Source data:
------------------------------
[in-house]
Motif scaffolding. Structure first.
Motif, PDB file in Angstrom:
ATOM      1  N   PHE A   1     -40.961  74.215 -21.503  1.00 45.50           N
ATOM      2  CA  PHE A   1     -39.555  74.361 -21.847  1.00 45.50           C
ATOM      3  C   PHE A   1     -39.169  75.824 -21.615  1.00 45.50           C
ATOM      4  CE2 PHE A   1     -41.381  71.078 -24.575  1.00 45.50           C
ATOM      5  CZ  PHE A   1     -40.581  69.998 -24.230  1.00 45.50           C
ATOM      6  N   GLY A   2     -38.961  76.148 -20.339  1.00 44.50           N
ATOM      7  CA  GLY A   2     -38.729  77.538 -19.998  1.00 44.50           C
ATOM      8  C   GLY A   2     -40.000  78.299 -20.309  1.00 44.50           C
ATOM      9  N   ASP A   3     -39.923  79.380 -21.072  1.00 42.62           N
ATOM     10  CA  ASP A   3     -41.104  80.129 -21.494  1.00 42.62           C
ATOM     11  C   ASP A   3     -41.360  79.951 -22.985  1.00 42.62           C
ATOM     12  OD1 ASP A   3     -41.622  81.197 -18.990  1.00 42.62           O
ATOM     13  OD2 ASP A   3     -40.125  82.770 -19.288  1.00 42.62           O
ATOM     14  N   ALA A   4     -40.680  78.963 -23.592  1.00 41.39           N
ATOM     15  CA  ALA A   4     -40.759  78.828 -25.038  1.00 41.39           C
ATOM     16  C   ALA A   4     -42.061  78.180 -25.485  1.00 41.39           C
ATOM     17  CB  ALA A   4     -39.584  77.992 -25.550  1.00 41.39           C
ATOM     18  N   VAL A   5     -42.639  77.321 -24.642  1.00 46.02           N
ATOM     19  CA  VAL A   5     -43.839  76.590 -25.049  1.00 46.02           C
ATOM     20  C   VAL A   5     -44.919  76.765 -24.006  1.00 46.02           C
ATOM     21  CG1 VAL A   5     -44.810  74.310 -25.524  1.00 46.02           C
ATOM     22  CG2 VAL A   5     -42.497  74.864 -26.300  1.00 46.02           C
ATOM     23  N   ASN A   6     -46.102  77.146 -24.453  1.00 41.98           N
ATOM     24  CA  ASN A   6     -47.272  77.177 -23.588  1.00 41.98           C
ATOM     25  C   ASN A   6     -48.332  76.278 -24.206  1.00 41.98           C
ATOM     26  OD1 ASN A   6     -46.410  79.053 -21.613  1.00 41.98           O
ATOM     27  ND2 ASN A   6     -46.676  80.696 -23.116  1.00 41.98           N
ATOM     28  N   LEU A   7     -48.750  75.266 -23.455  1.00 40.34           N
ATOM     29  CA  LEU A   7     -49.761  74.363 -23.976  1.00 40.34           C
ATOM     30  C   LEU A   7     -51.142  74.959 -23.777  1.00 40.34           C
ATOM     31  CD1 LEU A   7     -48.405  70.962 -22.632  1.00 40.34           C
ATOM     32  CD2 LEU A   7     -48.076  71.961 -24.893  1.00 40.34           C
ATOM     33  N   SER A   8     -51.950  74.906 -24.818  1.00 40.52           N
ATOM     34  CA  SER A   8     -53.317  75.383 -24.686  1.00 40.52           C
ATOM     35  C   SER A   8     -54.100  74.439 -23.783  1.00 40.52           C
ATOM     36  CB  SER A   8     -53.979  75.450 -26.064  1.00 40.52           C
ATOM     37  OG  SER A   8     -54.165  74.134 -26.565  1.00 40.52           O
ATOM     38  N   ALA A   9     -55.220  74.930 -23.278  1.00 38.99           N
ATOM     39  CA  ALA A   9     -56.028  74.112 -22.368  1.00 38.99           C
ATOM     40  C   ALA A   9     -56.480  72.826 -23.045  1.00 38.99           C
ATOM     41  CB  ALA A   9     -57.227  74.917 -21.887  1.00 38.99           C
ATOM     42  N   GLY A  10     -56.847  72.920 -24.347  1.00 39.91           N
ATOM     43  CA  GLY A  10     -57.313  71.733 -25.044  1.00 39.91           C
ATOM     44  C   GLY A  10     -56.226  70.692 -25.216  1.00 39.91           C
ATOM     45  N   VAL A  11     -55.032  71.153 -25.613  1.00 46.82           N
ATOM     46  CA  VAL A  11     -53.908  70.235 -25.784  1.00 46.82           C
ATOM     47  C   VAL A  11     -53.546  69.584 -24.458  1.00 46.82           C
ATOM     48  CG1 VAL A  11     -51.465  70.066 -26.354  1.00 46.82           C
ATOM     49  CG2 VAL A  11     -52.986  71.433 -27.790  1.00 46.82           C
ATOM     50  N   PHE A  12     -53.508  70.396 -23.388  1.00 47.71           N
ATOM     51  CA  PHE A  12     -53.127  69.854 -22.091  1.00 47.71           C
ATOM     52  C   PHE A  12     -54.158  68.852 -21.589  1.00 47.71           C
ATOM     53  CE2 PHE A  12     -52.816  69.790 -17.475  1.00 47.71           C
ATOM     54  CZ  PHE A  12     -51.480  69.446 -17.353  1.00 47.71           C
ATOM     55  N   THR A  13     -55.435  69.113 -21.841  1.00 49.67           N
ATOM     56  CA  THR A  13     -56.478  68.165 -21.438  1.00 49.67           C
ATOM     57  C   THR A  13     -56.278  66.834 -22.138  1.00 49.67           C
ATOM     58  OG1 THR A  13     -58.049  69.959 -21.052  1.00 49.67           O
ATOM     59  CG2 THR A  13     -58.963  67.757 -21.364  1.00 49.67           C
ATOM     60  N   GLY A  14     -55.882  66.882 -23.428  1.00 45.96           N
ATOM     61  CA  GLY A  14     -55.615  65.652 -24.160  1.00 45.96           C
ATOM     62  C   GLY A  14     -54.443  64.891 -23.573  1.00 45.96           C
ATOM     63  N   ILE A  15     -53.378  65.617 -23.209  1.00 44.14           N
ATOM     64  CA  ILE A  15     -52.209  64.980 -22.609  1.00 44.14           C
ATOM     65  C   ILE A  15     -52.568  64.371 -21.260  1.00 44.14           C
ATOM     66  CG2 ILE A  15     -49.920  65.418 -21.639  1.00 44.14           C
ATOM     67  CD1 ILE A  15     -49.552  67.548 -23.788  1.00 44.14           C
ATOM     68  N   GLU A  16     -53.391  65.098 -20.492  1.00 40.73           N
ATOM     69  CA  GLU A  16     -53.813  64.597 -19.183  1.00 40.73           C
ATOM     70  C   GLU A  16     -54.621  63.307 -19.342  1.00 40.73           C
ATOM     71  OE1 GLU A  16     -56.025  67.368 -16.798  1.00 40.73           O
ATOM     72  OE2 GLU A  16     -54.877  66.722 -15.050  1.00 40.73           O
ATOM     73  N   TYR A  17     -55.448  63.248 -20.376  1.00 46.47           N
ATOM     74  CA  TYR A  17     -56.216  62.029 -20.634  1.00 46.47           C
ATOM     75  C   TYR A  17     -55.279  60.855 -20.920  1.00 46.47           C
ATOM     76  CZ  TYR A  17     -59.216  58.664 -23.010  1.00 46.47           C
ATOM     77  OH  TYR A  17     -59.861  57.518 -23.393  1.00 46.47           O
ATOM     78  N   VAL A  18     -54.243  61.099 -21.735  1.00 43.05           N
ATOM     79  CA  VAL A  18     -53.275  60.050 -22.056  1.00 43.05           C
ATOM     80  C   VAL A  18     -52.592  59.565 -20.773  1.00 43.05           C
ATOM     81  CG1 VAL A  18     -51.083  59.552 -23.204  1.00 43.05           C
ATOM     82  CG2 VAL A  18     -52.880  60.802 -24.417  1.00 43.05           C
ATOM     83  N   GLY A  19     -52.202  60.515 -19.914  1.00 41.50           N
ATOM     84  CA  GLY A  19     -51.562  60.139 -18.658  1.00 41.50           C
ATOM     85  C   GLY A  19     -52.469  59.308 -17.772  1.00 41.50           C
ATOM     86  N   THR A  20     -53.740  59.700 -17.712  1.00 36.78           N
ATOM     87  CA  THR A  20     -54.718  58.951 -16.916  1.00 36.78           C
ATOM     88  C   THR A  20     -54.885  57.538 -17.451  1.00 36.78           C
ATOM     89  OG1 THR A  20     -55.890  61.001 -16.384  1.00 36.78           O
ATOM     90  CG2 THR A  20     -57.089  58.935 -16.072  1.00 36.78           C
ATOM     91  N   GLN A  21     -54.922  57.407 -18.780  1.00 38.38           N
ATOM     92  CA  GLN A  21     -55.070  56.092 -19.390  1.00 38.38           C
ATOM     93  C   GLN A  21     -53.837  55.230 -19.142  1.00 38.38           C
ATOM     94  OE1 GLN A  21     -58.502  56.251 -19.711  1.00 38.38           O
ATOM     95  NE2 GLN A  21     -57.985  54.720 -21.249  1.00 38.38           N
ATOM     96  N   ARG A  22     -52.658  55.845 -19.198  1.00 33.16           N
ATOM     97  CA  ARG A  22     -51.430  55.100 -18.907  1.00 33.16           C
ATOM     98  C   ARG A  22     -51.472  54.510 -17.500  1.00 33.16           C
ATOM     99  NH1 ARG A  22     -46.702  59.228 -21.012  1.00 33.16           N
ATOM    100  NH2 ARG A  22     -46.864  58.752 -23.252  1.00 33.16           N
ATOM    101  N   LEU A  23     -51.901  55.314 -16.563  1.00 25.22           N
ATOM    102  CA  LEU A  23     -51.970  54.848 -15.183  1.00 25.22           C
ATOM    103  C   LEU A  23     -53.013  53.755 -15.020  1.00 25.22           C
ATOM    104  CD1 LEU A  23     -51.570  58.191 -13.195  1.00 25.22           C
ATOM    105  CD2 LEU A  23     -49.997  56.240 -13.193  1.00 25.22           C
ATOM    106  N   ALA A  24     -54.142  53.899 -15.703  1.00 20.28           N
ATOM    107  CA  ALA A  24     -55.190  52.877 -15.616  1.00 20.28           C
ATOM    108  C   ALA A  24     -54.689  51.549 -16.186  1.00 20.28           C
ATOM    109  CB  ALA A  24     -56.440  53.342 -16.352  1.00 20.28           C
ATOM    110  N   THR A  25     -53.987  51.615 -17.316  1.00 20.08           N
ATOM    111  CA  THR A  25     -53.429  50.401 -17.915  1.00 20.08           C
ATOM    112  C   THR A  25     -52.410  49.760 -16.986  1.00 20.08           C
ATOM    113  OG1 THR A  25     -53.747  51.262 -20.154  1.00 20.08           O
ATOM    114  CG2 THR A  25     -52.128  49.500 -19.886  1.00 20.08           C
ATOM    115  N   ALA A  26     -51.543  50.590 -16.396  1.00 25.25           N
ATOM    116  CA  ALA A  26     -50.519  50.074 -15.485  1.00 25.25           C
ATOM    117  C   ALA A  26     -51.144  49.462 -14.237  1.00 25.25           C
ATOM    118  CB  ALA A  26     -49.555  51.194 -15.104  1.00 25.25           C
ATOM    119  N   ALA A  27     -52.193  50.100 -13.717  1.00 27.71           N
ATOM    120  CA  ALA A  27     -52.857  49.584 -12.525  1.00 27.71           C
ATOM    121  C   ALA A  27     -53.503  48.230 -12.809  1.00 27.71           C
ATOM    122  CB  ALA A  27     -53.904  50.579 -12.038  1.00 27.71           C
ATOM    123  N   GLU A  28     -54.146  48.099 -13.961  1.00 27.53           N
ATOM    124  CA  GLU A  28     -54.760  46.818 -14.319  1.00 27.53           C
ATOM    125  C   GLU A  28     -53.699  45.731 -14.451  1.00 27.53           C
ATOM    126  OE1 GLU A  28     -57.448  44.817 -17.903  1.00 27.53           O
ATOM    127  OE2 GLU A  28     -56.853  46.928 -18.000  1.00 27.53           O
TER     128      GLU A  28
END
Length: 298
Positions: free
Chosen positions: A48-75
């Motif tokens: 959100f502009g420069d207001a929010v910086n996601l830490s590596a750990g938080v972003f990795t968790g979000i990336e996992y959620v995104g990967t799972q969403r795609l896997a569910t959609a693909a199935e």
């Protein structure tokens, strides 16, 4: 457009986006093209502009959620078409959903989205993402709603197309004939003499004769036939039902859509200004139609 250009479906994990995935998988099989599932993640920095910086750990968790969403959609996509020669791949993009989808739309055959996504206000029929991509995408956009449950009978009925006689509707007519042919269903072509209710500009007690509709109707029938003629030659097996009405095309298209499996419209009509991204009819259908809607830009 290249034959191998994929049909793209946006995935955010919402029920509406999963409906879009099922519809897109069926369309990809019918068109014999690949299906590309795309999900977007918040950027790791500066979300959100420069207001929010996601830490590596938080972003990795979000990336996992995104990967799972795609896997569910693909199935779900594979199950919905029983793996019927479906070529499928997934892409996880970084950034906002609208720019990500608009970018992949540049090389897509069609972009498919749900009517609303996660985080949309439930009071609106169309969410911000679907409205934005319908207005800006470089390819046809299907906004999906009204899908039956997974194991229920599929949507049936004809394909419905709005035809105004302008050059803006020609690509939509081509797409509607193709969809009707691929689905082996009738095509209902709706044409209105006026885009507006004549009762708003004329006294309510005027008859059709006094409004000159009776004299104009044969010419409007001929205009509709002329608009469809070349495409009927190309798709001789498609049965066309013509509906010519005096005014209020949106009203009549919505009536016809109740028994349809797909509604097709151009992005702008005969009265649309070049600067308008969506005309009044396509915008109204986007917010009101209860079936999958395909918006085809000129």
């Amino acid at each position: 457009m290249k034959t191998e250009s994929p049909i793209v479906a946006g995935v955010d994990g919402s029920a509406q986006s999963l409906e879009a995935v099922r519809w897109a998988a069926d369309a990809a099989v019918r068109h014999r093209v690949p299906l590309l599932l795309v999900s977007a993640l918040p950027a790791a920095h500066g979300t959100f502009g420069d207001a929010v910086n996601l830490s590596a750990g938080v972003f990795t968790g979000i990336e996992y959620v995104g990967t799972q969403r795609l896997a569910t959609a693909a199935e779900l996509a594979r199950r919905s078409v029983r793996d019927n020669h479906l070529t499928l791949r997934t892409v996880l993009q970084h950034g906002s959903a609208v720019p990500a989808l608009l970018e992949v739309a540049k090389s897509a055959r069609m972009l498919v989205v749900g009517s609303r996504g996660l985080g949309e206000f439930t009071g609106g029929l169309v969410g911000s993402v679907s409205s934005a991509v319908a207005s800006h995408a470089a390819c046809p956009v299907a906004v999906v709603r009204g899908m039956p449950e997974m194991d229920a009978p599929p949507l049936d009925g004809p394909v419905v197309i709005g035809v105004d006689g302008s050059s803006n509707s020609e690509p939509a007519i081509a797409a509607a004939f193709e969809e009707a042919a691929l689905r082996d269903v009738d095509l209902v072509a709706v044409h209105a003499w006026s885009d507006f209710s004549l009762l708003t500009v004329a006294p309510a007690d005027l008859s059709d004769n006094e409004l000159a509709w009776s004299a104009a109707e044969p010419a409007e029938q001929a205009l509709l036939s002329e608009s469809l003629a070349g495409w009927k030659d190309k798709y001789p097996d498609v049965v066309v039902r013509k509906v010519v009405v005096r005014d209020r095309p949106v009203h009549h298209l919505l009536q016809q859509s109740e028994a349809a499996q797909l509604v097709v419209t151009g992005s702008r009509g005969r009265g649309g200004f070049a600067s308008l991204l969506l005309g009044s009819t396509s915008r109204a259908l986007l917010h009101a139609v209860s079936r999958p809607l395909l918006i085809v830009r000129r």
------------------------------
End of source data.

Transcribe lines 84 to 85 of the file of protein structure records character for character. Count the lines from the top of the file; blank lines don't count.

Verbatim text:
ATOM     81  CG1 VAL A  18     -51.083  59.552 -23.204  1.00 43.05           C
ATOM     82  CG2 VAL A  18     -52.880  60.802 -24.417  1.00 43.05           C